So, winding-up now Terry, what are the biggest wild cards for global investors at this point?  


Terry Toland:  

" So, for our latest geo Global Economic Outlook, we identify the big five wild cards that we think will have the most impact shaping the future for both the economy and for the investment landscape. And the five are one geopolitical turbulence. The second is the role of climate change and extreme weather. The third is the trajectory of inflation. The fourth is labor market imbalances. And the fifth, in which we can't overstate the importance of is tech innovation and accessibility."  



Well, thanks for that Terry Toland, thought leadership manager on Kearney's Global Business Policy Council. In just a minute we'll hear just how Germany is addressing Kearney's "investment landscape wild cards" from Robert Hermann, the CEO of Germany Trade and Invest, Germany's international business promotion agency.  But first, let's look at some of the stories making headlines in German business.  


Renewables Record


The German Federal Network Agency says that Germany now gets more than half of the electricity it uses from renewable sources. A whopping 55 percent of power consumed in 2023 was sustainable – up from 48.42 percent the previous year. Over 31 percent of German electricity came from on- and offshore wind, while photovoltaics represented 12.1 percent, biomass 8.4 percent and hydro and other renewables the remaining 3.4 percent.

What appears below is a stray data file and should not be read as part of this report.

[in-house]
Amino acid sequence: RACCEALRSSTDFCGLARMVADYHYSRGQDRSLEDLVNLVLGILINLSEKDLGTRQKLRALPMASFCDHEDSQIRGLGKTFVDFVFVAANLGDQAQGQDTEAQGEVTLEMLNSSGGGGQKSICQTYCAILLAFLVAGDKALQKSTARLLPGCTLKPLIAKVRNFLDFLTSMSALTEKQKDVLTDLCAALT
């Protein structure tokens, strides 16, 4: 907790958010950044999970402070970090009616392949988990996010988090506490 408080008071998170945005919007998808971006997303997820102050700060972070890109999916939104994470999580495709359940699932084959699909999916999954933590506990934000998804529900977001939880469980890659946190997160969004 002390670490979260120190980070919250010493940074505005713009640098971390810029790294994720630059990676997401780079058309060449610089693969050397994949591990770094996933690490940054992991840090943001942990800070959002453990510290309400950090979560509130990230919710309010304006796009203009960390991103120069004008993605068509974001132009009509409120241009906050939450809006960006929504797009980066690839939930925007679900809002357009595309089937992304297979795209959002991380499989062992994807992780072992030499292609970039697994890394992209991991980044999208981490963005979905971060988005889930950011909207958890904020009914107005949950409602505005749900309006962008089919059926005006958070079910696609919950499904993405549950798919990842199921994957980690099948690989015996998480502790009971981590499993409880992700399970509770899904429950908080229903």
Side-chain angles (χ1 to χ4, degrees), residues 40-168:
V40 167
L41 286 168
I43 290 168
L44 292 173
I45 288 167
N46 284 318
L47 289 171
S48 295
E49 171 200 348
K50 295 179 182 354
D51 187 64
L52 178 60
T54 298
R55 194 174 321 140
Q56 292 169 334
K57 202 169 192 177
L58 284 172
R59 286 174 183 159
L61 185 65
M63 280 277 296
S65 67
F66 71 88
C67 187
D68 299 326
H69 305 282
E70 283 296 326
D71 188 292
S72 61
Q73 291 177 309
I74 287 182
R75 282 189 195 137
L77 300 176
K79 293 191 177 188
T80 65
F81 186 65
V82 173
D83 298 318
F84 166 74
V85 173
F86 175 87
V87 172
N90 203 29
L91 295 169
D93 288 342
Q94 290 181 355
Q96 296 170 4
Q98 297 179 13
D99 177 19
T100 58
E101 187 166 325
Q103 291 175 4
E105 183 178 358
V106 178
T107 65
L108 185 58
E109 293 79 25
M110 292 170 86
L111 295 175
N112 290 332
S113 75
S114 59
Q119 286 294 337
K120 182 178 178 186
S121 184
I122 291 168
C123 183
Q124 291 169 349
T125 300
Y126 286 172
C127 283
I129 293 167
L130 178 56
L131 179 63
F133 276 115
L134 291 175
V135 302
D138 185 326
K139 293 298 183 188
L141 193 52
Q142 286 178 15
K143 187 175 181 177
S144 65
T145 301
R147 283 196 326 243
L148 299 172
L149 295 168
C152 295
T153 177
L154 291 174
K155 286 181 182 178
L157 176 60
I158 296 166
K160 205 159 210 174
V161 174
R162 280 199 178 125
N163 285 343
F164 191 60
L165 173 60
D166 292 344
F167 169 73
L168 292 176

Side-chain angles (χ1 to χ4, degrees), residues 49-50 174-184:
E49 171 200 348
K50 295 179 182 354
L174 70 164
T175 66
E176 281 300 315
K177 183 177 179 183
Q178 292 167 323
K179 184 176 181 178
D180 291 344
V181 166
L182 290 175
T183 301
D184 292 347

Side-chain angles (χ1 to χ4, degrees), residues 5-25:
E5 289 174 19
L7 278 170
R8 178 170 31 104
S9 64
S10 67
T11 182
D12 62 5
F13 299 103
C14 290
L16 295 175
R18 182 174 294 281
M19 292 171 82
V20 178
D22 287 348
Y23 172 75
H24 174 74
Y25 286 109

Home Sweet Home


Staying on the topic of energy, Germany’s Federal Association of the Solar Industry BSW reports that over a million new solar units were installed in Europe’s largest economy last year. That’s also a new record. Small, residential balcony units accounted for much of the growth, with around 270,000 plug-in solar units going operational in 2023. That was four times as many as in 2022. 


Rising R and D

82 billion euros – that’s how much companies in Germany invested in research and development in 2022, according to Eurostat and Association of German Foundations. To put that in context, the private sector in France spent 36 billion euros and the EU as a whole 233 billion euros over the same period. The German expenditures increased eight percent over the previous year. The European average was 6.8 percent.


Cloud Cover